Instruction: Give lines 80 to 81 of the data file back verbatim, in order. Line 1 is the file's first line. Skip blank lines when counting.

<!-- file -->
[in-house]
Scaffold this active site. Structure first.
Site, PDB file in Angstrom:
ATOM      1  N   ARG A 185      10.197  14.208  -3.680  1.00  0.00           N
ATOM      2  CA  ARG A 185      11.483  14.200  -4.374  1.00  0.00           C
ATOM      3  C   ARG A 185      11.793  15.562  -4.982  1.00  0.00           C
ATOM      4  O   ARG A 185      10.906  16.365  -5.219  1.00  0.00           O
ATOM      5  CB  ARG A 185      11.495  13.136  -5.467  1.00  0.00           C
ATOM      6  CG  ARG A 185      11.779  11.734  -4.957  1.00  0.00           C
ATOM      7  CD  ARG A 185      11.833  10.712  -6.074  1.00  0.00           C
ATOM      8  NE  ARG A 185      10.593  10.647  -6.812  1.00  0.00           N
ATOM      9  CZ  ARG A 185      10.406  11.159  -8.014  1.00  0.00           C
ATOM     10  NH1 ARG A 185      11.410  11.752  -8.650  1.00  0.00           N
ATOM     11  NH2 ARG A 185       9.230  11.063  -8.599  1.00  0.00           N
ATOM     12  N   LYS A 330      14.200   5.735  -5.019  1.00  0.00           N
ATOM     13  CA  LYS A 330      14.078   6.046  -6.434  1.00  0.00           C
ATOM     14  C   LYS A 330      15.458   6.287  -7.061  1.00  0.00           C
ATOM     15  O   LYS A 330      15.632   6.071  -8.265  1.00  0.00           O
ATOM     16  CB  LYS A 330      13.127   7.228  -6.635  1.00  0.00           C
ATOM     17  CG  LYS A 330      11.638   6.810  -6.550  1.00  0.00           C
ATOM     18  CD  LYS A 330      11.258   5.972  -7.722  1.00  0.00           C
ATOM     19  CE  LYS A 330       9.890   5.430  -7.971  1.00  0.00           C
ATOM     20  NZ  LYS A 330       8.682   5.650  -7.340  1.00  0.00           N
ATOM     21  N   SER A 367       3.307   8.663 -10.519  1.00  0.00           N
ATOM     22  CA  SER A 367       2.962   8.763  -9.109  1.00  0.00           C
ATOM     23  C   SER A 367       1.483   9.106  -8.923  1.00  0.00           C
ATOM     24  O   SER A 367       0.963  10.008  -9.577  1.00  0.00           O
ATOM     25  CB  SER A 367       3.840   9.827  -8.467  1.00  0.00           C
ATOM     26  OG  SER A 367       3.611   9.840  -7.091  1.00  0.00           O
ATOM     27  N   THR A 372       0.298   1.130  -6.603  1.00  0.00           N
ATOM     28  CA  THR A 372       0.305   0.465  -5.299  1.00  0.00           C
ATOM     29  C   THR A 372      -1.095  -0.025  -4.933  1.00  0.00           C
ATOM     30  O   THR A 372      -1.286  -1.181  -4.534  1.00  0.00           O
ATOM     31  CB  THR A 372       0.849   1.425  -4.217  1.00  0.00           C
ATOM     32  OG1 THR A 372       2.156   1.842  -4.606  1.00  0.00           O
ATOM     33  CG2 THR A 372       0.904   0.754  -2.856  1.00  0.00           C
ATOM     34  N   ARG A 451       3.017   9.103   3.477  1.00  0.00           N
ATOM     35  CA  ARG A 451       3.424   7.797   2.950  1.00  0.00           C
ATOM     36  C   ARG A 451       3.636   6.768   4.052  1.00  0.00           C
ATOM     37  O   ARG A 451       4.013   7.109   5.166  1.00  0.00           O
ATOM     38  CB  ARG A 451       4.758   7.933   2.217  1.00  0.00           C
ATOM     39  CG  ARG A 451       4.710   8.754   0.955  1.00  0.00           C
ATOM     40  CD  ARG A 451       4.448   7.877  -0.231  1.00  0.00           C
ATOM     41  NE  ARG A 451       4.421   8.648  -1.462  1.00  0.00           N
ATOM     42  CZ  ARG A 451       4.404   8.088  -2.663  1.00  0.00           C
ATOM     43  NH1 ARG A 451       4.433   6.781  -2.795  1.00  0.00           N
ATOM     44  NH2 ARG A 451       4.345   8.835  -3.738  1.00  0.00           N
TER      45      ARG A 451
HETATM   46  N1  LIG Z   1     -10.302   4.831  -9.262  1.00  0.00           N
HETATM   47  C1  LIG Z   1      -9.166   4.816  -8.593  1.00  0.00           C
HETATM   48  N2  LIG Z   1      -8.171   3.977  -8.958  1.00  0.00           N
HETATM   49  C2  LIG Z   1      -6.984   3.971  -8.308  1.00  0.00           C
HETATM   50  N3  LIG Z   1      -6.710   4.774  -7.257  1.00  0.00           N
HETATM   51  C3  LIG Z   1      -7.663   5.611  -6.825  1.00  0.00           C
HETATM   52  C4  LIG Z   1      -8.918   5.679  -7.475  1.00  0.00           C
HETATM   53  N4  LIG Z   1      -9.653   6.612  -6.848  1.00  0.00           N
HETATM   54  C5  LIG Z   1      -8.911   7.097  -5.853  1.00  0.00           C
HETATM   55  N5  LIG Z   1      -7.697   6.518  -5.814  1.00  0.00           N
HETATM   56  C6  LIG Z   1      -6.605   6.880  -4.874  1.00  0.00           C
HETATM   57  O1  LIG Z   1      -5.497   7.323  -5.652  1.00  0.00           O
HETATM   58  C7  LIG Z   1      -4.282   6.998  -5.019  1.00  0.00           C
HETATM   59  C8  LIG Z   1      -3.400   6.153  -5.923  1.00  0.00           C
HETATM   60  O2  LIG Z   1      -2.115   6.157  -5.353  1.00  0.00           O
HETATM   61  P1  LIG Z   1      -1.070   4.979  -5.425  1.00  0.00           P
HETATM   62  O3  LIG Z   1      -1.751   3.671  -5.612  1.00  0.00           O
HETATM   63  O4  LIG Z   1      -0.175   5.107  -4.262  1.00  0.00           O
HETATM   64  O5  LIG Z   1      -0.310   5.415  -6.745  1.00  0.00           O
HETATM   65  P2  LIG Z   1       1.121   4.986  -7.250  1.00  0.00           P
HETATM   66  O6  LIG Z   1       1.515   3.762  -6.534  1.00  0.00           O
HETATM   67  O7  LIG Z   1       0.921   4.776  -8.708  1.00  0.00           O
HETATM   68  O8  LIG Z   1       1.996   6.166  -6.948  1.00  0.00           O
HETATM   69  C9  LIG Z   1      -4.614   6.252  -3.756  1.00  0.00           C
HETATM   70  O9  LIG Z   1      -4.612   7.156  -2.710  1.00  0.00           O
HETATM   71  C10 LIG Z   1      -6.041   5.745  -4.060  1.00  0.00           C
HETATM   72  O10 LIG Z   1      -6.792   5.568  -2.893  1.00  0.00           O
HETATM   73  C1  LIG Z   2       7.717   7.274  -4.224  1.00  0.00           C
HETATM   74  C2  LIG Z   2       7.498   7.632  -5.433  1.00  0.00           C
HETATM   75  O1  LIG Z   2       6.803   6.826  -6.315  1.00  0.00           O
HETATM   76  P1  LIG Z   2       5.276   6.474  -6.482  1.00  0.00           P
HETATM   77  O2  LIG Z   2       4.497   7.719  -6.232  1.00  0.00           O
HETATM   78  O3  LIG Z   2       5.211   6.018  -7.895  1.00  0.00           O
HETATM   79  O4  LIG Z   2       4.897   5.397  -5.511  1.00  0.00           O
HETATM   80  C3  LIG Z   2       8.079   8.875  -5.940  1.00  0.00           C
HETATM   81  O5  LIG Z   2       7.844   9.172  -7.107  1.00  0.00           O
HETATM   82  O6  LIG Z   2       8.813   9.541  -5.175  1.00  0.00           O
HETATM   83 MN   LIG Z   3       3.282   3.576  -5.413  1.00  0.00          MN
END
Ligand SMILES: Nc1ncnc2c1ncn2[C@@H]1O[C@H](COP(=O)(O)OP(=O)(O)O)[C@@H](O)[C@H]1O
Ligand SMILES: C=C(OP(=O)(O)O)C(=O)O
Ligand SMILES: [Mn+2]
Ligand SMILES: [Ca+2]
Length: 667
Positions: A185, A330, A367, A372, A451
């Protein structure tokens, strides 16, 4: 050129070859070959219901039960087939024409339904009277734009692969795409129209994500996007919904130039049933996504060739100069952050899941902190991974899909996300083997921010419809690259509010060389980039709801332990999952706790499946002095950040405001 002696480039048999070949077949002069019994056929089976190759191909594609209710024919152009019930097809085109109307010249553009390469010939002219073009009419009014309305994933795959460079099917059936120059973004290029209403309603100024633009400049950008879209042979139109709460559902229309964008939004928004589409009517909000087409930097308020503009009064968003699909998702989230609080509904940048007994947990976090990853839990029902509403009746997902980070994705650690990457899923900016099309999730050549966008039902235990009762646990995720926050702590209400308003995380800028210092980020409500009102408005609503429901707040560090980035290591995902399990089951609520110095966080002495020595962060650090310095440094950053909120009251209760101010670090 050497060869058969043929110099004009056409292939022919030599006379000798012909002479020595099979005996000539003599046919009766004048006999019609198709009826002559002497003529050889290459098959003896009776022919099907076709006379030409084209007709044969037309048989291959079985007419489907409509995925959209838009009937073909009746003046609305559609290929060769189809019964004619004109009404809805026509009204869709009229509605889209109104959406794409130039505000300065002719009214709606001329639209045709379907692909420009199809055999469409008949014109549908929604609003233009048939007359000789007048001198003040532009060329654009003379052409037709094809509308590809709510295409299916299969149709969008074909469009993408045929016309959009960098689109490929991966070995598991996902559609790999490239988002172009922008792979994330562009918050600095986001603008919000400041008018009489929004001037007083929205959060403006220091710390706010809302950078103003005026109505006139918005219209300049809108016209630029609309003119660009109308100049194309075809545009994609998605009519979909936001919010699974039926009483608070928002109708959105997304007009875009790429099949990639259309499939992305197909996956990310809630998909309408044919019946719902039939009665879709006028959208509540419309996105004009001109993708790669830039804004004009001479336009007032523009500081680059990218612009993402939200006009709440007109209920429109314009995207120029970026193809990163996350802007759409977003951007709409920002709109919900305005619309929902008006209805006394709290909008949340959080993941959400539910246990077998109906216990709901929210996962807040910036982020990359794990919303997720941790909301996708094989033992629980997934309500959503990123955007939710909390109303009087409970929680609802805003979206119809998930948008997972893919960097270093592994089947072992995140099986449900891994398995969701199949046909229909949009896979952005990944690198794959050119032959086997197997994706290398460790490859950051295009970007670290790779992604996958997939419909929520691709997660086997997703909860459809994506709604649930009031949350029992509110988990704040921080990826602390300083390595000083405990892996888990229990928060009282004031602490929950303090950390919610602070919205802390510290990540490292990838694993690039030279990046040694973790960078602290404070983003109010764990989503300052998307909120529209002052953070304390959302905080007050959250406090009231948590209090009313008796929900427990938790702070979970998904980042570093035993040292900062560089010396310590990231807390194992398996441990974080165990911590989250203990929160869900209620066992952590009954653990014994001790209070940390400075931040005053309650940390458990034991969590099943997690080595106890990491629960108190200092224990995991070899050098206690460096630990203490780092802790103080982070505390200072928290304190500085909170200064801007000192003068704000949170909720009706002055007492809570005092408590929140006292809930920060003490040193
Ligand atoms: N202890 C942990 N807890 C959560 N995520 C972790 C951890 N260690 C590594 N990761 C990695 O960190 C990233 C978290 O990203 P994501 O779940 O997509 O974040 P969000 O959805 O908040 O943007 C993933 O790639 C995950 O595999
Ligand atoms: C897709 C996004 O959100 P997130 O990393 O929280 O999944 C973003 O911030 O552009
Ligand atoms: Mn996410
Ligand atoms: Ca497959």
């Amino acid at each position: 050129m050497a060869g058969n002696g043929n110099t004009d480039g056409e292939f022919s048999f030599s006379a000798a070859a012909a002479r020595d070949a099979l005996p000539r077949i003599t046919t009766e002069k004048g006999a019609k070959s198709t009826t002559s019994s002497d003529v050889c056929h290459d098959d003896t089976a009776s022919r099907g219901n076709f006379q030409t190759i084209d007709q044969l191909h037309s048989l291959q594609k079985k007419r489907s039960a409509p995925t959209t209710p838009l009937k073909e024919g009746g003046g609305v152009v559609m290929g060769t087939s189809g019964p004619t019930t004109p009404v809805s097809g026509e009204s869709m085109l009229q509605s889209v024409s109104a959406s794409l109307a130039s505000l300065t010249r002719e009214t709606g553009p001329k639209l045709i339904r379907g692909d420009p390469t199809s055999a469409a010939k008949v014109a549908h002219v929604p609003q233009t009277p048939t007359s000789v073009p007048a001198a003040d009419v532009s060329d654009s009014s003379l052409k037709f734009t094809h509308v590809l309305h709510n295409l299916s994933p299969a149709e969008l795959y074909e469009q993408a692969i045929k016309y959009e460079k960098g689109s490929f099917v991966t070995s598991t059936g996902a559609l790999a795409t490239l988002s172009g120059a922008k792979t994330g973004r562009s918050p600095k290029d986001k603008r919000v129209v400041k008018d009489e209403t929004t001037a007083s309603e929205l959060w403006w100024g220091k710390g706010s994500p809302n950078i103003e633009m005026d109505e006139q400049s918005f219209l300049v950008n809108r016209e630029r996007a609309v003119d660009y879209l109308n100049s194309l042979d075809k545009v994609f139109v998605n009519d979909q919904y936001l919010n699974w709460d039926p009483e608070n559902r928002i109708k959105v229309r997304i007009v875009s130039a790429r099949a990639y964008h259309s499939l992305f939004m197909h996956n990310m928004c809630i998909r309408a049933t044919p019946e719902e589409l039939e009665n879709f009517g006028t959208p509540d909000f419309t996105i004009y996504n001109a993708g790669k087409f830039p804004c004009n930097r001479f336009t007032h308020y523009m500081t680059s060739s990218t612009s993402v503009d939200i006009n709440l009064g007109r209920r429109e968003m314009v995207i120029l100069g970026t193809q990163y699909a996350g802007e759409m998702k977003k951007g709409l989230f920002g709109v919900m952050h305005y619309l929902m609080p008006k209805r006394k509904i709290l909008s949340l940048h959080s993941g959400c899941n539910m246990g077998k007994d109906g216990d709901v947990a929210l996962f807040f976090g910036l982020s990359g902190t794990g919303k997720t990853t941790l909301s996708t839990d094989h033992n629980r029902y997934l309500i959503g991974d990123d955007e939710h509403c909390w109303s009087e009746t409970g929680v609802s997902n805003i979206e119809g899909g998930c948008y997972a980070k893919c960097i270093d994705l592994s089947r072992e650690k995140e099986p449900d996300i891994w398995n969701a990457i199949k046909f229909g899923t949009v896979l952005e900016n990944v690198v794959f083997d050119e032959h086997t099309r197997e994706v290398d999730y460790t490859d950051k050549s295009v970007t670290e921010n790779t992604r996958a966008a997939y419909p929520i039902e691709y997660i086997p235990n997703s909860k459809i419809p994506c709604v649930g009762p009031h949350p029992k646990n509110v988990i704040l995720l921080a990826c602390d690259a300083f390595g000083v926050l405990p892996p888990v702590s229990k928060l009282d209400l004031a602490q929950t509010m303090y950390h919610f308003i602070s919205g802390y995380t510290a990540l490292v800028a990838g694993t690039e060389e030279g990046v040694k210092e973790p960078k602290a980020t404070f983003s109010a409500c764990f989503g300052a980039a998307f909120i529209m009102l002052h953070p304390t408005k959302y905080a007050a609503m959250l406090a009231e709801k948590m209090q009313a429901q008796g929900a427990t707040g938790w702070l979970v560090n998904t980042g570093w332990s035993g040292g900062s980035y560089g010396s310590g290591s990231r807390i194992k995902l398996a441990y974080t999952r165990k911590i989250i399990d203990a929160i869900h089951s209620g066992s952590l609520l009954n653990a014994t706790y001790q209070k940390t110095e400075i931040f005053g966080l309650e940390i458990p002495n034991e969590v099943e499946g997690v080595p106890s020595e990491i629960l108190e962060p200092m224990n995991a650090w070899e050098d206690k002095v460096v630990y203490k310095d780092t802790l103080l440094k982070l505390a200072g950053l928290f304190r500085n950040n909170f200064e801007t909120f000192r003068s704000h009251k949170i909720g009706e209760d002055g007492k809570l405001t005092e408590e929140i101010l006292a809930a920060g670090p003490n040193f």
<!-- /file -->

HETATM   77  O2  LIG Z   2       4.497   7.719  -6.232  1.00  0.00           O
HETATM   78  O3  LIG Z   2       5.211   6.018  -7.895  1.00  0.00           O